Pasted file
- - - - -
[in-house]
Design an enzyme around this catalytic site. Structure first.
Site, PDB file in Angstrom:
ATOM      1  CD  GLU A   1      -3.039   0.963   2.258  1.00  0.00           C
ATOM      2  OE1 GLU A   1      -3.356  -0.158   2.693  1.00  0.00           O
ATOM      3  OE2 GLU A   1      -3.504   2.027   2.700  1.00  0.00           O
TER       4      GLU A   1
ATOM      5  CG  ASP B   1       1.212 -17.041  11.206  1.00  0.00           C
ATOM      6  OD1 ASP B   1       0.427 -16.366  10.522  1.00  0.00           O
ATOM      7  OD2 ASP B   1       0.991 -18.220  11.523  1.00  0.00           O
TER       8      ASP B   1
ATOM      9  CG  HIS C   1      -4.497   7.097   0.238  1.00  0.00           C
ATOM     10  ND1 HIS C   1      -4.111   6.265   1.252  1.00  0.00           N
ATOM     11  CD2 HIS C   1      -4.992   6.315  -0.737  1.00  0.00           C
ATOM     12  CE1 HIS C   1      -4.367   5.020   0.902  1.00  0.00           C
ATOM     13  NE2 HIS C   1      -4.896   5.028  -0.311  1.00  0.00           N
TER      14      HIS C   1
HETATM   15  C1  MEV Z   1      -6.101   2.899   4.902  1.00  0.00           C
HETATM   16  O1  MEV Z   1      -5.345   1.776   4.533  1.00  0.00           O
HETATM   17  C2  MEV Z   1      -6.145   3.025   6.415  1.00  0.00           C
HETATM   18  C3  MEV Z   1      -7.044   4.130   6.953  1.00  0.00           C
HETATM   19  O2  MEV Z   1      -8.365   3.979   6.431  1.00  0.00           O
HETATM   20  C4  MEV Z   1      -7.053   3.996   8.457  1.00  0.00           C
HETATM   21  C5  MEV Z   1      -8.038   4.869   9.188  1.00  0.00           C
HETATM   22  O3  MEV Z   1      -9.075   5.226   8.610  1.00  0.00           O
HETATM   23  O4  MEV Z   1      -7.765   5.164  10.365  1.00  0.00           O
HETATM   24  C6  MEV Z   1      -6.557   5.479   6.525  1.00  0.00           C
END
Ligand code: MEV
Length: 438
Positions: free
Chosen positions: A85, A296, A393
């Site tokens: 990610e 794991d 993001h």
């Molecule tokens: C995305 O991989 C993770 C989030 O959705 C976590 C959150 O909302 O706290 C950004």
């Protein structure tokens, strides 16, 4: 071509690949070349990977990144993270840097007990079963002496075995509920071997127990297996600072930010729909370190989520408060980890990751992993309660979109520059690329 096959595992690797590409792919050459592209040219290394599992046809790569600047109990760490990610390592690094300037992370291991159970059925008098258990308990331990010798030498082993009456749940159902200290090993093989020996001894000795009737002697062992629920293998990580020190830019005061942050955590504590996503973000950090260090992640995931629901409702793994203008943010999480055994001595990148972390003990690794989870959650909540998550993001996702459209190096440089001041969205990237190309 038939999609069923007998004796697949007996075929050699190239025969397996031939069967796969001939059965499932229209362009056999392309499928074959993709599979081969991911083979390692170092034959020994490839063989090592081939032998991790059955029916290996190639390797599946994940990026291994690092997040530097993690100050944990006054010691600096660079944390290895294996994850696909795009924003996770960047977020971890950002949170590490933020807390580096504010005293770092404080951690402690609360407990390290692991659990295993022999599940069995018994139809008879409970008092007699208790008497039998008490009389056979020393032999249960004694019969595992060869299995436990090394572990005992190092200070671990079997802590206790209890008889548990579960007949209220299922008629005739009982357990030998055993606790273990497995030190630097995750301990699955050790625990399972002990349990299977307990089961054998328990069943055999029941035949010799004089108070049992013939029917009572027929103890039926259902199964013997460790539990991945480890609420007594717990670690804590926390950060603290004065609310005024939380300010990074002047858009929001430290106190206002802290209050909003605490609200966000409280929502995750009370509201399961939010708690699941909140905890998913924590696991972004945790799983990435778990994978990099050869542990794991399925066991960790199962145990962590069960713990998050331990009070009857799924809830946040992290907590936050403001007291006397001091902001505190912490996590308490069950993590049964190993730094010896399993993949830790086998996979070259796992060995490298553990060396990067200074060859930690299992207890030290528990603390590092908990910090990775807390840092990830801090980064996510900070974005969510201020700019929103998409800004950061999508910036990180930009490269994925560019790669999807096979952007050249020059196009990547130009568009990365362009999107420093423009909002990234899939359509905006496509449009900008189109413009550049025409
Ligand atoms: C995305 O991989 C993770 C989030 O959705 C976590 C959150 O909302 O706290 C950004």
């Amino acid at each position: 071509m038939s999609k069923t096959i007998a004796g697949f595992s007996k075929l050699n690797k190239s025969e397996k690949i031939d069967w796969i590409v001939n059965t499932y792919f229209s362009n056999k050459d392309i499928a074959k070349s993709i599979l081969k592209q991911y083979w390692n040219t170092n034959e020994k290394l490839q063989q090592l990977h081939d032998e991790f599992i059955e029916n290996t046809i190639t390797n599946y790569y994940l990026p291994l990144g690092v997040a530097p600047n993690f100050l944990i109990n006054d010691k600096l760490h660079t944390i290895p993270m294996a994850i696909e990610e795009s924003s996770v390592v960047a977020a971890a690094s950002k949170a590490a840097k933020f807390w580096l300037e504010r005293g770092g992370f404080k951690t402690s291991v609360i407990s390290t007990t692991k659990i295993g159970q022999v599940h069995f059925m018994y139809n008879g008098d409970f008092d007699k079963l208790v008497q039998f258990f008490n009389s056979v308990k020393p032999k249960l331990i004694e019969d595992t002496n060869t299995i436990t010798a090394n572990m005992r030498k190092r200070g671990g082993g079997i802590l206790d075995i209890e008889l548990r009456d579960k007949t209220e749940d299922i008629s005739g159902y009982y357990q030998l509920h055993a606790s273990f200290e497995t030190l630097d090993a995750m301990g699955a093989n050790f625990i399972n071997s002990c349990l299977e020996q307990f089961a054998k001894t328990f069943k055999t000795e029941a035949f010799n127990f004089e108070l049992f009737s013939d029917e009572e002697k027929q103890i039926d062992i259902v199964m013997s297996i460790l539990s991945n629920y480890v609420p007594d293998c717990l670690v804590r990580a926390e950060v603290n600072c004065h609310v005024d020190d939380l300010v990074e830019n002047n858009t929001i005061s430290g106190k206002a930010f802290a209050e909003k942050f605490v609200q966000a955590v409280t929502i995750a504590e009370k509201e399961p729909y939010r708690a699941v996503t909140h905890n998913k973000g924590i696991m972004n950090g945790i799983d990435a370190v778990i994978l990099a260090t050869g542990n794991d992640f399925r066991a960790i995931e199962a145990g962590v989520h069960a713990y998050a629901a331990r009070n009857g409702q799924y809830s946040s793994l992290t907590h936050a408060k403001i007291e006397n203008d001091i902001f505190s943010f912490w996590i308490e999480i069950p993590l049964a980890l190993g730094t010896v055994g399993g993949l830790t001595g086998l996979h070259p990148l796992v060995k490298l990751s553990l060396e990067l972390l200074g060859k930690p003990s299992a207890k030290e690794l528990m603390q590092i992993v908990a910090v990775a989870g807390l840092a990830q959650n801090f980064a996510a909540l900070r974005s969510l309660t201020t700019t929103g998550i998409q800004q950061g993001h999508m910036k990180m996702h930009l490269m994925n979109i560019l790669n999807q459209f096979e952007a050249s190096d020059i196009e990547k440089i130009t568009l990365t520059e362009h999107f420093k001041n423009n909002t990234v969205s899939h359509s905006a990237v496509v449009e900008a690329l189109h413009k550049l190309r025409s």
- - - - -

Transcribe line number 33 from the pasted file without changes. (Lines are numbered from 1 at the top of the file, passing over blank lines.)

């Site tokens: 990610e 794991d 993001h």